Byline: David R. Sands, THE WASHINGTON TIMES
United Russia, a party closely tied to President Vladimir Putin and heavily salted with regional power barons, looks set to consolidate its grip on power in parliamentary elections tomorrow that could determine Mr. Putin's political future.
But the campaign, in which United Russia has dominated the state-controlled media coverage while dodging candidate debates and difficult issues, hardly has proven an attractive advertisement for Russia's fledgling democracy.
"It's a big step backward," said Anders Aslund, director of the Russian and Eurasian program at the Carnegie Endowment for International Peace.
"United Russia has run basically a contentless campaign, whose only program is support for President Putin. Many rival candidates have been thrown out on the tiniest technicalities, and it looks as if the government is even faking the opinion polls in order to steal the election," he added.
About 450 seats are up for grabs in the State Duma, the lower and more powerful house of Russia's legislature. Half the seats will be decided in single-district votes, and the other half will be distributed proportionally, based on how each of the 23 parties fare in a separate voter-preference ballot.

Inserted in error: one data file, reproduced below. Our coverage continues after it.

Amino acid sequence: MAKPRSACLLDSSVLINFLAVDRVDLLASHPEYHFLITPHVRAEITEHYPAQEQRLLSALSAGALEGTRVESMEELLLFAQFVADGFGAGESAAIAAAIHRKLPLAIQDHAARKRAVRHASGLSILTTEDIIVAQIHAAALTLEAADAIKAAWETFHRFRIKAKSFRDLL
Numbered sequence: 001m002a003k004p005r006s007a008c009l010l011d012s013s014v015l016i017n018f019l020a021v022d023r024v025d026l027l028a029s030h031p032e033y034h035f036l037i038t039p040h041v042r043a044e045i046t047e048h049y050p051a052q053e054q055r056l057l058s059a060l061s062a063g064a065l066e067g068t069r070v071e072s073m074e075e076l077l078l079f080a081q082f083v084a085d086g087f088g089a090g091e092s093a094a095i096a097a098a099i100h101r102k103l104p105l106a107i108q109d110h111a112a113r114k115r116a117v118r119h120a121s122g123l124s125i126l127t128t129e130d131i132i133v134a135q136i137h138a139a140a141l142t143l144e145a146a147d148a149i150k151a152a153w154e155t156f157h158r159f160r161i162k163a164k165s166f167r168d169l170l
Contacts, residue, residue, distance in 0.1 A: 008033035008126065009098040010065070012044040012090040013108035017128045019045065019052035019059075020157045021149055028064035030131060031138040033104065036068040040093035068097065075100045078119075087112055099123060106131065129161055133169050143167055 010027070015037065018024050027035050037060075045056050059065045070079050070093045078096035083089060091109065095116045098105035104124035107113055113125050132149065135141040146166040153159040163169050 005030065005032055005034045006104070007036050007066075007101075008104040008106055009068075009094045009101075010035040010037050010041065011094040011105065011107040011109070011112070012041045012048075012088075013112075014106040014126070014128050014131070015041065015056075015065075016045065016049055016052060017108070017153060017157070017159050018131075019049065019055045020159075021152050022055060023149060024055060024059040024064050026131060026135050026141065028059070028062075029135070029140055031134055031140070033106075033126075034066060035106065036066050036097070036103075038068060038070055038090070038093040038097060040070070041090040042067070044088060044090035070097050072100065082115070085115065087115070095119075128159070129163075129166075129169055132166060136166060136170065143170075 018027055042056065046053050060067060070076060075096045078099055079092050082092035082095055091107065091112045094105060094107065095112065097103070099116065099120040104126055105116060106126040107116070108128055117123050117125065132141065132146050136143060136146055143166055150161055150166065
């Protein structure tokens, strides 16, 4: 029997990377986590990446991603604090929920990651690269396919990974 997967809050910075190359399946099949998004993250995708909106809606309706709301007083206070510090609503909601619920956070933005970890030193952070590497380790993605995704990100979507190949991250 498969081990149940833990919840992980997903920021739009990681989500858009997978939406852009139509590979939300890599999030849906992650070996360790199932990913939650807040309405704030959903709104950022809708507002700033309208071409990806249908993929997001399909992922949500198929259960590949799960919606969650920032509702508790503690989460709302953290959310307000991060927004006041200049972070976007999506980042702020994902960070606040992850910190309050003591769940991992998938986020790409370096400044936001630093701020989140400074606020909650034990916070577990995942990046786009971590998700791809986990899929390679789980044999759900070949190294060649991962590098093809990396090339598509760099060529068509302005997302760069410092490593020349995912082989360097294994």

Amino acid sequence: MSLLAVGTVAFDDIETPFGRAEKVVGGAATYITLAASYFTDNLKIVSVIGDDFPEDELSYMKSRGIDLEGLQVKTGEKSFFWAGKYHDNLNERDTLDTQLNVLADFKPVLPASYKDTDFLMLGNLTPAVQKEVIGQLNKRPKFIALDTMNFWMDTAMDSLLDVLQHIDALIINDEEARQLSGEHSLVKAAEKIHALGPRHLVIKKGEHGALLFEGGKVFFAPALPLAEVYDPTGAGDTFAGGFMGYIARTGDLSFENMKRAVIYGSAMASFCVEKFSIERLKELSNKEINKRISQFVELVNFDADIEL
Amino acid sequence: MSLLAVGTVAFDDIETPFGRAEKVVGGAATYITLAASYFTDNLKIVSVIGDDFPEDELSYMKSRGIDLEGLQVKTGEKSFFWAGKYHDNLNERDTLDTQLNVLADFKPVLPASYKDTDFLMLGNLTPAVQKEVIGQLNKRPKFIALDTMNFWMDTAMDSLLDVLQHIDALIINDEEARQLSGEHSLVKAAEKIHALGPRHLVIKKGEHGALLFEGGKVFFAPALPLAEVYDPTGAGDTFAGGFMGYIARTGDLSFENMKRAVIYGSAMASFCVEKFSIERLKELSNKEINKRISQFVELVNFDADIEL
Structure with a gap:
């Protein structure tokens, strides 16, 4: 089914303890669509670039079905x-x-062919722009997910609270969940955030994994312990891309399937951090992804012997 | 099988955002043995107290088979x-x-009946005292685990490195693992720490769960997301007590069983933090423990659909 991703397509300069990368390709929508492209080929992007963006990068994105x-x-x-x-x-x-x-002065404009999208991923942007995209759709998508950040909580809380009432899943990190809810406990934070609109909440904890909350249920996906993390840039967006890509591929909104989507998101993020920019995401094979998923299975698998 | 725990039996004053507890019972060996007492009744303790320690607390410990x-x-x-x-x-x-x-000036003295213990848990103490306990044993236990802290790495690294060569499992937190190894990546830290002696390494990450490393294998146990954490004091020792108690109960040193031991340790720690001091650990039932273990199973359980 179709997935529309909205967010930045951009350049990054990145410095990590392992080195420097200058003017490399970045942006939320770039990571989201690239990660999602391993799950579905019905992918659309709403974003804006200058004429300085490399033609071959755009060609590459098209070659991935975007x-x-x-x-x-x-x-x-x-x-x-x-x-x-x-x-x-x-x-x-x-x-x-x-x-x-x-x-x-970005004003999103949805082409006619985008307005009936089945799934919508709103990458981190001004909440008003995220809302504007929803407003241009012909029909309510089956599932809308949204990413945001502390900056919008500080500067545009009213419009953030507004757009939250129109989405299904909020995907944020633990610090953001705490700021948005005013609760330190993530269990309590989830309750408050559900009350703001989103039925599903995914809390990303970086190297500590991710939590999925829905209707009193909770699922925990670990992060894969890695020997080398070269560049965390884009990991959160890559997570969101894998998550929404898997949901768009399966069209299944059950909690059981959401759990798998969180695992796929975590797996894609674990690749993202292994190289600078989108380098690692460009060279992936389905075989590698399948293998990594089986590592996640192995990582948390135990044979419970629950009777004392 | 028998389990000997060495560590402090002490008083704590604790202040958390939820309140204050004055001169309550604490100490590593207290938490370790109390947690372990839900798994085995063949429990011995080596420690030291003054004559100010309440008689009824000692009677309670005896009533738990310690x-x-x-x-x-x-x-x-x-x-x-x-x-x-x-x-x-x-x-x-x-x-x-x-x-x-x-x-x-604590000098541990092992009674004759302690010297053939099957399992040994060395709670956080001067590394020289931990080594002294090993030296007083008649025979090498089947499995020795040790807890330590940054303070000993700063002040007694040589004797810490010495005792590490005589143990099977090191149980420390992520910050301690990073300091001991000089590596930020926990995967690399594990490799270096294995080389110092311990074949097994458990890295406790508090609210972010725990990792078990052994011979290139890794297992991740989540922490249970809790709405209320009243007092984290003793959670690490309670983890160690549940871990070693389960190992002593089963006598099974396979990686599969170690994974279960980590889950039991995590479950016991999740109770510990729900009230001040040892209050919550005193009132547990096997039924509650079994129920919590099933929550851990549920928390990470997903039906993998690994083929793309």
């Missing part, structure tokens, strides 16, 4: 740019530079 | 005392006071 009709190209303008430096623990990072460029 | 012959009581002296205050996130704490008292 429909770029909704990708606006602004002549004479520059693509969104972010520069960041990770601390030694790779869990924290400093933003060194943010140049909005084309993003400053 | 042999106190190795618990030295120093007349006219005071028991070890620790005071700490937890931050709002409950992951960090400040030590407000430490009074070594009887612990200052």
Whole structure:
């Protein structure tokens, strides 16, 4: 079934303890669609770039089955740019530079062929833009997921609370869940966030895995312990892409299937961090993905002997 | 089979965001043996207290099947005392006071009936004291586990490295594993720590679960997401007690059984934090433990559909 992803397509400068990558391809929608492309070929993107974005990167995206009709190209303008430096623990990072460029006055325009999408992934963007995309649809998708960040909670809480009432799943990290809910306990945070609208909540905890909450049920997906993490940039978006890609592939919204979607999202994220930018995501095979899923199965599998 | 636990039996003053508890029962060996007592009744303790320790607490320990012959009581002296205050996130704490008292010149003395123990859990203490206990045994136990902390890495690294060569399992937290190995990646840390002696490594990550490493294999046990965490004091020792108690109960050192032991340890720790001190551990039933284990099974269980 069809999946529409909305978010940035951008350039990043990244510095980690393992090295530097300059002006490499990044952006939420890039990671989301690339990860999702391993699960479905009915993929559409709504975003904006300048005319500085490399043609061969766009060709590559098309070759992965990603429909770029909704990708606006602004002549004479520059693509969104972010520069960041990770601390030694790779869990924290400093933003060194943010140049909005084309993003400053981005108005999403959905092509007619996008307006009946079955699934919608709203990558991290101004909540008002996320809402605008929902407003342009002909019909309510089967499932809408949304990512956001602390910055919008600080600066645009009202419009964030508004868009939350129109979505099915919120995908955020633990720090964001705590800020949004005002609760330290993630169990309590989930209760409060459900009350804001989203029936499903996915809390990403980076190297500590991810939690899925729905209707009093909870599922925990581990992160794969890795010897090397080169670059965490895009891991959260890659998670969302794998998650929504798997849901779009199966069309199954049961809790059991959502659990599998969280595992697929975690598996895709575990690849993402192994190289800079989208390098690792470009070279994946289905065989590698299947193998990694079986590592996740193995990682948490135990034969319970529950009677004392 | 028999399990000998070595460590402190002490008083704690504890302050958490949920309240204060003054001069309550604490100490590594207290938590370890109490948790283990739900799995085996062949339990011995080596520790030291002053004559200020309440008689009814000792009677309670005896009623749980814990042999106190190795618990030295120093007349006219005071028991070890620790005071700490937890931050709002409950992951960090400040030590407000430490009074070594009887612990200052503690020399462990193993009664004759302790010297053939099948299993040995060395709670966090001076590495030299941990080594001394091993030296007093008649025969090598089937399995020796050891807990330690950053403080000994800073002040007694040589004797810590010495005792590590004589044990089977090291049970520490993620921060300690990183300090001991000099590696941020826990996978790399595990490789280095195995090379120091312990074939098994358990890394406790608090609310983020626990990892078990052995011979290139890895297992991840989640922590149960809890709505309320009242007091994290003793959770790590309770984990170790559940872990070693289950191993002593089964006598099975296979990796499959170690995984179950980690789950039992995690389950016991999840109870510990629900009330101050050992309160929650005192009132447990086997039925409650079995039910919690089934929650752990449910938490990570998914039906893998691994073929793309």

The latest polls indicate that United Russia, which bills itself the "party of power" and whose party list is topped by Interior Minister Boris Gryzlov, a powerful Putin ally, will build substantially on its 142-seat Duma faction, with the Communist Party and its allies struggling to hold their 127 seats.
Ultranationalist Vladimir Zhirinovsky and the Liberal Democratic Party places third in the polls, but the country's two best-known Western-oriented liberal parties - the Union of Right Forces and Yabloko - are struggling just to obtain the minimum 5 percent needed to retain their seats in the Duma.
The polls and recent special elections also point to rising voter apathy, reflecting the dreary level of debate in the campaign and the dominance of Mr. …